Daily Whip
House Meets At: First Vote Predicted: Last Vote Predicted:

10:00 a.m.: Morning Hour
12:00 p.m.: Legislative Business

Fifteen “One Minutes” per side
2:00 - 2:30 p.m. 2:30 - 3:00 p.m.

**Members are advised that following last votes, the House will begin consideration of H.Con.Res. 112. Votes on H.Con.Res. 112, including all votes on budget substitutes made in order under the Rule, will be taken tomorrow.

H.Res. 597Rule providing for consideration of H. Con. Res. 112 - The Republican Fiscal Year 2013 Budget Resolution (Rep. Ryan (WI) – Budget)(One Hour of debate). The Rules Committee has recommended a structured Rule that provides for four hours of general debate with three hours equally divided between the Chair and Ranking Member of the Committee on Budget and one hour equally divided between members of the Joint Economic Committee. The Rule makes in order 6 amendments in the nature of substitutes, and waives all points of order against them. The Rule provides that adoption of an amendment in the nature of a substitute shall constitute the conclusion of consideration of the concurrent resolution for amendment.  Lastly, the Rule allows for Suspension Authority through Thursday, March 29 for legislation relating to extending expiring surface transportation authority. 

Begin Consideration of H.Con.Res. 112 - The Republican Fiscal Year 2013 Budget Resolution (Rep. Ryan (WI) – Budget) (Four Hours of debate). The Republican Budget submitted by Chairman Paul Ryan breaks Speaker Boehner’s agreement from last summer by setting a $1.028 trillion discretionary spending limit for appropriations bills for FY13, which is $19 billion less than the $1.047 trillion level Republicans agreed to for the coming year in the Budget Control Act. It ends the Medicare guarantee and increases costs for seniors – replacing Medicare’s guarantee of health security with a voucher that shifts higher and higher costs onto seniors and the disabled over time. It cuts Medicaid by a third, while turning it into a block grant. The Republican Budget also proposes cutting tax rates and repealing the AMT, at a cost of $4.6 trillion. This is in addition to the $5.4 trillion cost to permanently extend all of the Bush tax cuts. Republicans do all this without a realistic plan to make up any of the lost revenue.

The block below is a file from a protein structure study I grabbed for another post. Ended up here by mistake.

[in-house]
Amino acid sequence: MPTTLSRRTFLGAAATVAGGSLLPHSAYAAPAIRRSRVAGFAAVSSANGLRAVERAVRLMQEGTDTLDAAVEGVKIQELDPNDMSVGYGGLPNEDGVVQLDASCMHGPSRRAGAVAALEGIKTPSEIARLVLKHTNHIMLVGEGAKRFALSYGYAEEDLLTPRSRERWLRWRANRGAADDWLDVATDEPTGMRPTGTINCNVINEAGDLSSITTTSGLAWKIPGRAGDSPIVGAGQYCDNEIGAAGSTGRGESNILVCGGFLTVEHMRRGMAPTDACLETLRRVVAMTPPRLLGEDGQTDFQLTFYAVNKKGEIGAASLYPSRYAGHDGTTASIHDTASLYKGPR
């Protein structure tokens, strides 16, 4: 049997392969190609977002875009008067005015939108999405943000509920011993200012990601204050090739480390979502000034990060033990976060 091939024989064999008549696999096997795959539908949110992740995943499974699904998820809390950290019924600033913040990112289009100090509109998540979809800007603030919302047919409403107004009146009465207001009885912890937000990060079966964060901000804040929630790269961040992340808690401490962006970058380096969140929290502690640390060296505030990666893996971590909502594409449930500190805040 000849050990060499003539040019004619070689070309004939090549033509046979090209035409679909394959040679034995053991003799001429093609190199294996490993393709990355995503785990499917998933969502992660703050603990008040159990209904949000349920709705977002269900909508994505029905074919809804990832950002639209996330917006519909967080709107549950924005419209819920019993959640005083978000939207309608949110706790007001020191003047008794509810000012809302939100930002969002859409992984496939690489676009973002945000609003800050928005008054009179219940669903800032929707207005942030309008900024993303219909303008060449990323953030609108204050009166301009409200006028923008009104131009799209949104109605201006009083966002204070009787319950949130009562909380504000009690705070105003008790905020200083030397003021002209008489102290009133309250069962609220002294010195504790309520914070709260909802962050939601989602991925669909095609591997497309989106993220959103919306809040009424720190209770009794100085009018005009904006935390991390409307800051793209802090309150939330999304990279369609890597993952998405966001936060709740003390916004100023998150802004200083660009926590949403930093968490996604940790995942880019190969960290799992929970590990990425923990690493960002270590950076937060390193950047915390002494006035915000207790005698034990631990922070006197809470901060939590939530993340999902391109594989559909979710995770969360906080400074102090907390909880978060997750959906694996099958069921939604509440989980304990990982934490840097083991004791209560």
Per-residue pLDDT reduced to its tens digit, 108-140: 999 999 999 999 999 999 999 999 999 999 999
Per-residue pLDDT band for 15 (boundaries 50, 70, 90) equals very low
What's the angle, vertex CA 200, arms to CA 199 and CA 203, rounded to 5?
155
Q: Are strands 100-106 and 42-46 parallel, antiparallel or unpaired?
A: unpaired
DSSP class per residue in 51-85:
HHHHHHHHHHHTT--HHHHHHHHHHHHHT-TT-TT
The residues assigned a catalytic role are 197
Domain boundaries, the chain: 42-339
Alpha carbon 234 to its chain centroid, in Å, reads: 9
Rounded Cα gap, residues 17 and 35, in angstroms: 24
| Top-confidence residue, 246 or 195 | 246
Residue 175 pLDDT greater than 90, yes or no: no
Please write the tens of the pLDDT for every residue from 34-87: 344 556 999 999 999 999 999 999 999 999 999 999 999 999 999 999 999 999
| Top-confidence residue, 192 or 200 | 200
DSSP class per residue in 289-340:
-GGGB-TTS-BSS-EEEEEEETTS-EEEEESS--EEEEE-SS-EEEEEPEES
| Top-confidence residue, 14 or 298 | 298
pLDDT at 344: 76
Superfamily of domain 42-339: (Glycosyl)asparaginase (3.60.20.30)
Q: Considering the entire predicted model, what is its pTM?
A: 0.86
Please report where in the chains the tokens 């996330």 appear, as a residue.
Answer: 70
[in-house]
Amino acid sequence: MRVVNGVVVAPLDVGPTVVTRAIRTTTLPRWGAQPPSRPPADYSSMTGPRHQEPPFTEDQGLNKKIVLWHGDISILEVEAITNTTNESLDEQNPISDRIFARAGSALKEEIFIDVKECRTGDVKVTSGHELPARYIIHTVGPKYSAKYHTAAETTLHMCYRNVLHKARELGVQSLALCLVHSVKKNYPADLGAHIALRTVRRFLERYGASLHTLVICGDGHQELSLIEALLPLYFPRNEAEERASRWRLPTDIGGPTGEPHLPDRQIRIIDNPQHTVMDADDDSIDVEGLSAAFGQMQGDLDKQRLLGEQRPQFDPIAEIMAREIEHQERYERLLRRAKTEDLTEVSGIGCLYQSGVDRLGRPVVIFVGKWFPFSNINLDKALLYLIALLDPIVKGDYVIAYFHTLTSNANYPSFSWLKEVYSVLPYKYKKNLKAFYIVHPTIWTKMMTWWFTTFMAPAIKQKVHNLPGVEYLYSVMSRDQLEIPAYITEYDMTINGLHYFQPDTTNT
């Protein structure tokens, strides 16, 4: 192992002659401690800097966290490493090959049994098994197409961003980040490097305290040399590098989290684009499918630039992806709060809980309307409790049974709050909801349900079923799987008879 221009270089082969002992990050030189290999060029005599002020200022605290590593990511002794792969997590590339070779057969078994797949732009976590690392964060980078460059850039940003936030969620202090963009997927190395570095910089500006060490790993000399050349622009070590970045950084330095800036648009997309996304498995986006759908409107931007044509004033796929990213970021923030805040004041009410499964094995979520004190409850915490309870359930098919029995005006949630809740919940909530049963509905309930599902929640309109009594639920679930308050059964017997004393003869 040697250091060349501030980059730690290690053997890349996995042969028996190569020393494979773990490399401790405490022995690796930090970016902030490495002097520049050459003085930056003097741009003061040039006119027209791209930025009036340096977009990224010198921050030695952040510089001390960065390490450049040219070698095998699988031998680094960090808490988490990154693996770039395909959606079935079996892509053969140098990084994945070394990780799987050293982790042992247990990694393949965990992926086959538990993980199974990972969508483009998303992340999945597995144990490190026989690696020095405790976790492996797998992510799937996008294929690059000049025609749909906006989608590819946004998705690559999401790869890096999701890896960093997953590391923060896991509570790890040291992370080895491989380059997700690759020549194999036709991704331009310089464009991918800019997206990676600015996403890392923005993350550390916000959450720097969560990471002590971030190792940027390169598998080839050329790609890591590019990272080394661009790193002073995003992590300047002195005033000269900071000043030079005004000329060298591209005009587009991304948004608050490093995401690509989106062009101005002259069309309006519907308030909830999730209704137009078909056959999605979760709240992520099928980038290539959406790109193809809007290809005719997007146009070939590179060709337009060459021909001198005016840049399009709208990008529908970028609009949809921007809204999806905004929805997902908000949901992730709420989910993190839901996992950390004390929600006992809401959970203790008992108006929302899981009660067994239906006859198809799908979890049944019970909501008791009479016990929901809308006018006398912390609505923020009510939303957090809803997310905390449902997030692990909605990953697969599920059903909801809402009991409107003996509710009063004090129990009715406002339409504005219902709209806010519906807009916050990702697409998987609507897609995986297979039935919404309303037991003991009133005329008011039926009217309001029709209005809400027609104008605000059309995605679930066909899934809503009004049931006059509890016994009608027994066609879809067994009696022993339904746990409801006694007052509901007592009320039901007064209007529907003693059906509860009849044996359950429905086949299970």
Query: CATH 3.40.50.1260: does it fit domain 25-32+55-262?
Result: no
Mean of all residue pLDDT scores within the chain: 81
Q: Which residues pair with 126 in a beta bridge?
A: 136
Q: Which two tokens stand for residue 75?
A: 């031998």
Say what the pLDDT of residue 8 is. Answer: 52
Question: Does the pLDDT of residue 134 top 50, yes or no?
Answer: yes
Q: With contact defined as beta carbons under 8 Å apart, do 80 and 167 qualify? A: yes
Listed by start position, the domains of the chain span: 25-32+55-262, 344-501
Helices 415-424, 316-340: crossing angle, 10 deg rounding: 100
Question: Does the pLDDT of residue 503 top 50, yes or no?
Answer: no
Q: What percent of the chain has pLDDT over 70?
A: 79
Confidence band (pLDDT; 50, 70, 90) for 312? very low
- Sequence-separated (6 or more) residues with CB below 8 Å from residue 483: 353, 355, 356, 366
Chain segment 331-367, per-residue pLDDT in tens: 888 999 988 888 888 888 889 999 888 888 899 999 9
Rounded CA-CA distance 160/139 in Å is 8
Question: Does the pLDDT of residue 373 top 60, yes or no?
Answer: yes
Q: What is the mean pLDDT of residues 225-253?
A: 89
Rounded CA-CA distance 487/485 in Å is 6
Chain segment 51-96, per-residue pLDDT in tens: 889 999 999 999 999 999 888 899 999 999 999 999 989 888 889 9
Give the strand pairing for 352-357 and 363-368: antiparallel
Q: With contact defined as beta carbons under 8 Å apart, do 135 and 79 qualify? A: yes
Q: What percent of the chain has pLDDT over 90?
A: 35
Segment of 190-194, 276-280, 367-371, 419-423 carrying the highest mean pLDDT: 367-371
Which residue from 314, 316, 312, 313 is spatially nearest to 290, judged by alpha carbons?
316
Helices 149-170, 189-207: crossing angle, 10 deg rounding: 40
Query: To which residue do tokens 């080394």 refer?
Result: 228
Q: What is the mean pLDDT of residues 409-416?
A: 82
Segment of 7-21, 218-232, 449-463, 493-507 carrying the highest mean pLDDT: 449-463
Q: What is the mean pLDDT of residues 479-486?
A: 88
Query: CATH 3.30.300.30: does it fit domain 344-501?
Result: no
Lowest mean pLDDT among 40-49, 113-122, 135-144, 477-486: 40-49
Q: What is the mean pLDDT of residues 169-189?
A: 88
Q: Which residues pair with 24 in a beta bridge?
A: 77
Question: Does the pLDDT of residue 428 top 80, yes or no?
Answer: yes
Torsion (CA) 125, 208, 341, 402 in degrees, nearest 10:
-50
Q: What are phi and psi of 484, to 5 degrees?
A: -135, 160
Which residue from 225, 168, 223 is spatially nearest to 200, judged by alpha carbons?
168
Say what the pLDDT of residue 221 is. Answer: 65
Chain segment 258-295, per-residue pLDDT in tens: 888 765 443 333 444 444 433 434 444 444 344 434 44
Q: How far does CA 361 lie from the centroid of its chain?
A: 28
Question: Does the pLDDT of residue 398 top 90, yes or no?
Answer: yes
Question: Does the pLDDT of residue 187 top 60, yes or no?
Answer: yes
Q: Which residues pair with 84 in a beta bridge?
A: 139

This measure is very similar to the Budget that Republicans proposed last year. It slashes investments in innovation, education, and infrastructure, which puts our economic recovery at risk and threatens American jobs. It does not reduce the deficit in a responsible way, instead placing the burden of deficit reduction onto seniors, the middle class, working families, and the most vulnerable while refusing to ask the wealthiest among us to contribute. Despite all of the spending cuts, it would not balance the Budget within the ten year Budget window. Members are urged to VOTE NO on H.Con.Res. 112.

Bill Text for H.Con.Res. 112:
HTML Version

PDF Version
Background for H.Con.Res. 112:
House Report (HTML Version)

House Report (PDF Version)
Summary of Amendments

CRS Report - The Federal Budget: Issues for FY2013 and Beyond

Suspension (1 Bill)

  1. H.R. 1339 - To amend title 32, United States Code, the body of laws of the United States dealing with the National Guard, to recognize the City of Salem, Massachusetts, as the Birthplace of the National Guard of the United States, as amended (Rep. Tierney - Armed Services)

Postponed Suspension (1 Vote)

  1. H.R. 4239 - Surface Transportation Extension Act of 2012 (Rep. Mica - Transportation and Infrastructure/Ways and Means/Natural Resources/Science, Space, and Technology/Energy and Commerce)

The GOP Leadership has announced the following schedule for Thursday, March 29: The House will meet at 9:00 a.m. for legislative business. The House is expected to complete consideration H.Con.Res. 112 - The Republican Fiscal Year 2013 Budget Resolution (Rep. Ryan (WI) - Budget). The House may also consider legislation related to the Surface Transportation Extension. 

The Daily Quote

“Rep. Paul Ryan made absolutely clear that he is not now and never was interested in deficit reduction. After a couple of years of being lauded by deficit hawks as the man prepared to make hard choices, he proposed a budget that would not end deficits until 2040 but would cut taxes by $4.6 trillion over a decade while also extending all of the Bush tax cuts, adding an additional $5.4 trillion to the deficit. Ryan would increase military expenditures and then eviscerate the rest of the federal government. Oh yes, Ryan claims he’d make up for the losses from his new tax cuts with “tax reform” but offered not a single detail. A “plan” with a hole this big is not a plan at all. Ryan’s main interest is in cutting the top income tax rate to 25 percent from the current 35 percent. His message: Solving the deficit problem isn’t nearly as important as (1) continuing and expanding benefits for the wealthy and (2) disabling the federal government.”

-     E.J. Dionne, The Washington Post, 3/25/12